Crepuscule with Muriel By Marilyn Hacker
Instead of a cup of tea, instead of a milk-
silk whelk of a cup, of a cup of nearly six
o'clock teatime, cup of a stumbling block,
cup of an afternoon unredeemed by talk,
cup of a cut brown loaf, of a slice, a lack
of butter, blueberry jam that's almost black,
instead of tannin seeping into the cracks
of a pot, the void of an hour seeps out, infects
the slit of a cut I haven't the wit to fix
with a surgeon's needle threaded with fine-gauge silk
as a key would thread the cylinder of a lock.
But no key threads the cylinder of a lock.
Late afternoon light, transitory, licks
the place of the absent cup with its rough tongue, flicks
itself out beneath the wheel's revolving spoke.
Taut thought's gone, with a blink of attention, slack,
a vision of "death and distance in the mix"
(she lost her words and how did she get them back
when the corridor of a day was a lurching deck?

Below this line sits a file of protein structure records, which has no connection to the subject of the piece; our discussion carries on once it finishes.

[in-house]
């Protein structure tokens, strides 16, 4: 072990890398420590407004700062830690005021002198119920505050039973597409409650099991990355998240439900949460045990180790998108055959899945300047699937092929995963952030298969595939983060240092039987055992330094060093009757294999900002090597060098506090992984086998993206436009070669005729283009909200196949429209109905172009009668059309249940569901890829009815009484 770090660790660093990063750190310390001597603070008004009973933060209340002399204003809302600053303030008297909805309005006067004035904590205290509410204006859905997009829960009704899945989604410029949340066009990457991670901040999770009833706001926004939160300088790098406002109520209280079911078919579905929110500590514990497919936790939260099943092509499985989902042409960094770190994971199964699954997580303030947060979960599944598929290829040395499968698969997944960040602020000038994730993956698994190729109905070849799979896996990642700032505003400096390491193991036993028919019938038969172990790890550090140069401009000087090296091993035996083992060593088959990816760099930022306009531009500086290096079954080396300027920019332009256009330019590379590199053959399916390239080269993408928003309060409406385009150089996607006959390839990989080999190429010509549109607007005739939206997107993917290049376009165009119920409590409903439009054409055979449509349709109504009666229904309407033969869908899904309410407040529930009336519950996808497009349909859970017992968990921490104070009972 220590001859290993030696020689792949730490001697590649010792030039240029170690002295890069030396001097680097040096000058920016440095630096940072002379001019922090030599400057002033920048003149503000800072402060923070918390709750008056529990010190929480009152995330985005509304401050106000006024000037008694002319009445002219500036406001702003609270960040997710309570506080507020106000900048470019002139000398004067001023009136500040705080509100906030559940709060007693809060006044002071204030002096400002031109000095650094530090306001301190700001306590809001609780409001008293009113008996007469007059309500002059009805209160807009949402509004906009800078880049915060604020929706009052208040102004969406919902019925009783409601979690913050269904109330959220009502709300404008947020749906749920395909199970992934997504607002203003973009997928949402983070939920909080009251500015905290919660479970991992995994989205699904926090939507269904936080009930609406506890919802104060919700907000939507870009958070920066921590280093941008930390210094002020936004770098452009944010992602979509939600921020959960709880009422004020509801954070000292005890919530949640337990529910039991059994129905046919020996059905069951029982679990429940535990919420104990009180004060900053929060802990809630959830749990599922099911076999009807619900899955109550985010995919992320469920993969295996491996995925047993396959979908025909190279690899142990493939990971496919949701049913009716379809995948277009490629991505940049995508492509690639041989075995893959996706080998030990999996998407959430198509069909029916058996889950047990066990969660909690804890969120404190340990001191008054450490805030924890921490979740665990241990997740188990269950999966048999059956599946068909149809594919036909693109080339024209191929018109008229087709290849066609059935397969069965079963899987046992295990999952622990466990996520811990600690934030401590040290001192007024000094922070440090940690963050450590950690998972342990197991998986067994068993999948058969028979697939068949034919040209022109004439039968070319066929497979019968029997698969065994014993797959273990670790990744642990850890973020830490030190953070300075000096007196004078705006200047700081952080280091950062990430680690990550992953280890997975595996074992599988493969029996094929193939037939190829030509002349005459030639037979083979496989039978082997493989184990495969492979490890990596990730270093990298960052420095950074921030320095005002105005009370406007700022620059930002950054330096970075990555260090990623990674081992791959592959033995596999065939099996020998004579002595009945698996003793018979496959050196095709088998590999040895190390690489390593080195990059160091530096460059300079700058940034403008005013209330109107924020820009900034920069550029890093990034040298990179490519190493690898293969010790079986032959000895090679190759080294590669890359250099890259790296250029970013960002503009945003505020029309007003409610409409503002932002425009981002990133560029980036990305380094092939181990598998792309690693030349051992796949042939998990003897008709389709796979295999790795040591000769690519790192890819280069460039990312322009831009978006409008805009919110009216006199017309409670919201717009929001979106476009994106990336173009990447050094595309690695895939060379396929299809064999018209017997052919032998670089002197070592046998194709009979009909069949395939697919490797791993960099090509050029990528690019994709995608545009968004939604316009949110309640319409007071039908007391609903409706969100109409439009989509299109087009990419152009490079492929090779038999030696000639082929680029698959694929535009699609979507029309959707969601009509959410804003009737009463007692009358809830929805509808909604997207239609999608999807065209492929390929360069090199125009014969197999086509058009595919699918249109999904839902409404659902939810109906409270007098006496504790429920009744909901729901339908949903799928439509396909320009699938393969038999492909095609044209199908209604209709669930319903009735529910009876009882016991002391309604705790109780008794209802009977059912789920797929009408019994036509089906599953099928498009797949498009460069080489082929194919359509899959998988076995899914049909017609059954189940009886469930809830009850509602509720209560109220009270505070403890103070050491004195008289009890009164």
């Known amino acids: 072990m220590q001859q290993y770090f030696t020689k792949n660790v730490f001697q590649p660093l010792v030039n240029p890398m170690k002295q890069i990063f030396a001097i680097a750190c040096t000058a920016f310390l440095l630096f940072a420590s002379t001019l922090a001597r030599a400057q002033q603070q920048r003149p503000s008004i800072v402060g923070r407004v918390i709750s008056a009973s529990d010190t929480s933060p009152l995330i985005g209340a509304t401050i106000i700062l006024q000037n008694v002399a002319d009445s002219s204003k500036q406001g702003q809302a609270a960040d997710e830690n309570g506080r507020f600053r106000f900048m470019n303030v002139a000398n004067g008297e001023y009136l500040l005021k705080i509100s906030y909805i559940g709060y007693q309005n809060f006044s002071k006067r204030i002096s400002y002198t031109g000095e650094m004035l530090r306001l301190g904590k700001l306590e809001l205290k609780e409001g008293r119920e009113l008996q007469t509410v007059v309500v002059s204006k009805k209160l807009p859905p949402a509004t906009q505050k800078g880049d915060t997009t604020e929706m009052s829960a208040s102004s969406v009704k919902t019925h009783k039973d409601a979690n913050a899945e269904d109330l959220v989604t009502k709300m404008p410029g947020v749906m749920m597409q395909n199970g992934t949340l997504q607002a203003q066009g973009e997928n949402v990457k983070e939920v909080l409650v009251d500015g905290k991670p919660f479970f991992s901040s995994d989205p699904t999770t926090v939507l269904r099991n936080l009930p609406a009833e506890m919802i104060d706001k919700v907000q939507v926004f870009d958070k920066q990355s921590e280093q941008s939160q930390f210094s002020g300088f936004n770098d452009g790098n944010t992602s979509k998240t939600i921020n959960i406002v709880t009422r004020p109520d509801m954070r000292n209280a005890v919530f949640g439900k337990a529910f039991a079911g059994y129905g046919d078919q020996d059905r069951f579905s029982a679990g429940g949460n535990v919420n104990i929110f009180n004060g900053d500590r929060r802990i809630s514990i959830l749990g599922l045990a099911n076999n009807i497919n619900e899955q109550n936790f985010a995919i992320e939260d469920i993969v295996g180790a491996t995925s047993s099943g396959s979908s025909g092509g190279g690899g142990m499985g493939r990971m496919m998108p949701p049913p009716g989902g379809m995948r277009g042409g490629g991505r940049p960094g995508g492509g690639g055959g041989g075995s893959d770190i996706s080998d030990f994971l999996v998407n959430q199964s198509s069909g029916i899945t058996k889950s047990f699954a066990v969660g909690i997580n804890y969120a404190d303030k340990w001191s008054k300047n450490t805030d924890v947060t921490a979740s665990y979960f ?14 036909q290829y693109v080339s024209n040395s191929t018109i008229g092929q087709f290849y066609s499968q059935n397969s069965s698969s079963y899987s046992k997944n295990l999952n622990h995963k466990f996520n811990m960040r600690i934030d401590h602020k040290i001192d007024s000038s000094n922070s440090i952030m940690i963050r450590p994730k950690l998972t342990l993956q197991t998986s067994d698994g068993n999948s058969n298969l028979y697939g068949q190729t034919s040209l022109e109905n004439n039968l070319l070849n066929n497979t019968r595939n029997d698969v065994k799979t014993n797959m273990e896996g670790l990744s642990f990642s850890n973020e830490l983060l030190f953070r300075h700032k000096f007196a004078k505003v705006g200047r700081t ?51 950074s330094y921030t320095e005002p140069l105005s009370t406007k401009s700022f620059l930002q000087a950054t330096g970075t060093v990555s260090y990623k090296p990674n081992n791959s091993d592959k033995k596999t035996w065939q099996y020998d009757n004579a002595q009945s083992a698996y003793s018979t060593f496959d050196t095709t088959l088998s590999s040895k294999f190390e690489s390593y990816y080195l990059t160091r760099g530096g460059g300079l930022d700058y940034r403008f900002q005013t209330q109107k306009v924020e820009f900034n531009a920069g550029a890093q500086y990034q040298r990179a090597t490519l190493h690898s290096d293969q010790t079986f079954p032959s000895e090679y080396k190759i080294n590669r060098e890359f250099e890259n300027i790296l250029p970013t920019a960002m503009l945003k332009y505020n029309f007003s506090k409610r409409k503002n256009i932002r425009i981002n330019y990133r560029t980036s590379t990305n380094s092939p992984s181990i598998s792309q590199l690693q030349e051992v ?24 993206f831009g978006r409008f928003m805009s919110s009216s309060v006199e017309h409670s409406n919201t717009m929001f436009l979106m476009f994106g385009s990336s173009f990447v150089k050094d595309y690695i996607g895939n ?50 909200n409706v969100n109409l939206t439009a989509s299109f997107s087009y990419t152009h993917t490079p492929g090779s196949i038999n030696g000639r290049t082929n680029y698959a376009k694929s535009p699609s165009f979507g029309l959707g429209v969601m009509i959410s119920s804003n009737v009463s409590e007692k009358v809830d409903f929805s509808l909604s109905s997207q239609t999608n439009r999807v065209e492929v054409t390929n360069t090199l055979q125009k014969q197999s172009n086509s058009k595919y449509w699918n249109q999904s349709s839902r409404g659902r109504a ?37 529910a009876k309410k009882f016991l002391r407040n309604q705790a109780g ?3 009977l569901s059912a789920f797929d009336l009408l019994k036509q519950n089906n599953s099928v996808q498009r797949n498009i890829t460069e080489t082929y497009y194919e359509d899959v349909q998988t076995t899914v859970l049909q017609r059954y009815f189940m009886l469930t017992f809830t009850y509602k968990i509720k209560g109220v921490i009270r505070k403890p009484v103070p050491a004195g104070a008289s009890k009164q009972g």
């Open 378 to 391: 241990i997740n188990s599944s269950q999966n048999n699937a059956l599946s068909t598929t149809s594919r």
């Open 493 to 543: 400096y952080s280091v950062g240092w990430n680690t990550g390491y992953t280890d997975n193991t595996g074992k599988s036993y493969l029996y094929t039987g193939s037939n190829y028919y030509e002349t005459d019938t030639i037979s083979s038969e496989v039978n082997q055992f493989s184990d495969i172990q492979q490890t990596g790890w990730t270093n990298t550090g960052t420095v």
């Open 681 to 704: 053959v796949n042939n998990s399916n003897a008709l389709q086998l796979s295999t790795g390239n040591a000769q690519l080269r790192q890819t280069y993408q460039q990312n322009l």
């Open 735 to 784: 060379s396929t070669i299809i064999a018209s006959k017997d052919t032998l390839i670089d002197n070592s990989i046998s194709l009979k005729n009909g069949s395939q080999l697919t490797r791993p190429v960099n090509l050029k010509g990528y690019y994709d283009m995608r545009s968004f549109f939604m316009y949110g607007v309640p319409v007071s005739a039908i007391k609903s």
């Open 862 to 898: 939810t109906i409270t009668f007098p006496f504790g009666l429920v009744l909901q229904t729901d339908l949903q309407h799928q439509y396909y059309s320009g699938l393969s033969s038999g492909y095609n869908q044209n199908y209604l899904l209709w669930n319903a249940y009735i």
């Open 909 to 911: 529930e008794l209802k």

The dream-life logic encodes in nervous tics
she translated to a syntax which connects
intense and unfashionable politics
with morning coffee, Hudson sunsets, sex;
then the short-circuit of the final stroke,
the end toward which all lines looped out, then broke).
What a gaze out the window interjects:
on the southeast corner, a black Lab balks,
tugged as the light clicks green toward a late-day walk
by a plump brown girl in a purple anorak.
The Bronx-bound local comes rumbling up the tracks
out of the tunnel, over west Harlem blocks
whose windows gleam on the animal warmth of bricks
rouged by the fluvial light of six o'clock.
Source: Desperanto: Poems 1999-2002 (W. W. Norton and Company Inc., 2003)